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      Download the Game Design and Indie Game Marketing Freebook   07/19/17

      GameDev.net and CRC Press have teamed up to bring a free ebook of content curated from top titles published by CRC Press. The freebook, Practices of Game Design & Indie Game Marketing, includes chapters from The Art of Game Design: A Book of Lenses, A Practical Guide to Indie Game Marketing, and An Architectural Approach to Level Design. The GameDev.net FreeBook is relevant to game designers, developers, and those interested in learning more about the challenges in game development. We know game development can be a tough discipline and business, so we picked several chapters from CRC Press titles that we thought would be of interest to you, the GameDev.net audience, in your journey to design, develop, and market your next game. The free ebook is available through CRC Press by clicking here. The Curated Books The Art of Game Design: A Book of Lenses, Second Edition, by Jesse Schell Presents 100+ sets of questions, or different lenses, for viewing a game’s design, encompassing diverse fields such as psychology, architecture, music, film, software engineering, theme park design, mathematics, anthropology, and more. Written by one of the world's top game designers, this book describes the deepest and most fundamental principles of game design, demonstrating how tactics used in board, card, and athletic games also work in video games. It provides practical instruction on creating world-class games that will be played again and again. View it here. A Practical Guide to Indie Game Marketing, by Joel Dreskin Marketing is an essential but too frequently overlooked or minimized component of the release plan for indie games. A Practical Guide to Indie Game Marketing provides you with the tools needed to build visibility and sell your indie games. With special focus on those developers with small budgets and limited staff and resources, this book is packed with tangible recommendations and techniques that you can put to use immediately. As a seasoned professional of the indie game arena, author Joel Dreskin gives you insight into practical, real-world experiences of marketing numerous successful games and also provides stories of the failures. View it here. An Architectural Approach to Level Design This is one of the first books to integrate architectural and spatial design theory with the field of level design. The book presents architectural techniques and theories for level designers to use in their own work. It connects architecture and level design in different ways that address the practical elements of how designers construct space and the experiential elements of how and why humans interact with this space. Throughout the text, readers learn skills for spatial layout, evoking emotion through gamespaces, and creating better levels through architectural theory. View it here. Learn more and download the ebook by clicking here. Did you know? GameDev.net and CRC Press also recently teamed up to bring GDNet+ Members up to a 20% discount on all CRC Press books. Learn more about this and other benefits here.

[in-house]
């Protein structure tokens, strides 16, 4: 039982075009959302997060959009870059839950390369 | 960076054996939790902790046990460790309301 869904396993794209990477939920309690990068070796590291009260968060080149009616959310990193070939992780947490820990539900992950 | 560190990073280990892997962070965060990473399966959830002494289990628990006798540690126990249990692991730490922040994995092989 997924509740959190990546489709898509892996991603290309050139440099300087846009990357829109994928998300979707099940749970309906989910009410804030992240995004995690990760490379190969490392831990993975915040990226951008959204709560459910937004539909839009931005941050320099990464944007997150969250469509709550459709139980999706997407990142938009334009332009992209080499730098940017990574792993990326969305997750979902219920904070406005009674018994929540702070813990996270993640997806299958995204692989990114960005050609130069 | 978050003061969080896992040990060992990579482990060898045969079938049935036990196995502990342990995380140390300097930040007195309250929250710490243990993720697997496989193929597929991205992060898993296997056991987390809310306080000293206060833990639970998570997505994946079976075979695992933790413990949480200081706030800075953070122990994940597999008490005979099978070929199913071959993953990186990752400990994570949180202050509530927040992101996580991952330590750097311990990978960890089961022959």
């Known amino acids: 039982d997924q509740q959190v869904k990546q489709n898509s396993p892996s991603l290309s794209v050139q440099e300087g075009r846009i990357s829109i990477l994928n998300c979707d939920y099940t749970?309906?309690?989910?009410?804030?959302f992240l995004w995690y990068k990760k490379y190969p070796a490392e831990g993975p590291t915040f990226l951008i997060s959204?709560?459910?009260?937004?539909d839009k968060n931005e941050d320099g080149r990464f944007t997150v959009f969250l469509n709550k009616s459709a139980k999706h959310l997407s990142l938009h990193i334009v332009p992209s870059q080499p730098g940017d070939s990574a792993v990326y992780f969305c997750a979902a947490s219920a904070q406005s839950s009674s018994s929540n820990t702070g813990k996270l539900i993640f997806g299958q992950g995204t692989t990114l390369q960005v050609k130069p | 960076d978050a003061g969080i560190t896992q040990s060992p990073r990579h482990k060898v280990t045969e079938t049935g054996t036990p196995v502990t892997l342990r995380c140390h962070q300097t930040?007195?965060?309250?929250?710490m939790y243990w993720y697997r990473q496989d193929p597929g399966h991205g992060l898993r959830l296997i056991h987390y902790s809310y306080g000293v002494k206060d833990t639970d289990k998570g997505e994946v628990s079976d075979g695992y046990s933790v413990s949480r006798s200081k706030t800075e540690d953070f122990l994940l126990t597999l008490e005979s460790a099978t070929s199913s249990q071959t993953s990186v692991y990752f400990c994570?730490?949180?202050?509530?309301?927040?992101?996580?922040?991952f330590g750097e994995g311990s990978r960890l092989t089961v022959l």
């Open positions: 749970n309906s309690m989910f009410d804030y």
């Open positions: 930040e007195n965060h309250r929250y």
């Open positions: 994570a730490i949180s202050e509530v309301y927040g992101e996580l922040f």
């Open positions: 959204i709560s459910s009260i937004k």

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AceK7

Top Down Rpg

4 posts in this topic

Is there anyone currently making any top down Rpg games? i love those games. Id try to help in any way :D
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[img]http://public.gamedev.net//public/style_emoticons/default/smile.png[/img] yup right here. working on the engine though. a lot more programming and testing to be done. Working on the lighting system right now. then I'll try to implement shadows, then ill rewrite the engine with everything i know. Going for a diablo 2 look
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I'm doing a [url="http://www.youtube.com/watch?v=bRJPddYX7m4"]3d top-down[/url], but I don't need any help programming for the time being (like the previous poster, still working on the engine, though mostly done with graphics and now trying to flesh out my entity-component framework).
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@glhf I'm not sure about the person actually making the engine, but I try to avoid most engines so that I can learn more about the gamedev process as I go along. You get a MUCH better understanding of what is happening when you do all the dirty work yourself.

Making your own engine is obviously slower, but when you are trying to learn, it's not really about quantity, it's more about quality.

You also get more control when making your own engine so you aren't stuck with code that doesn't really fit with what you are doing.
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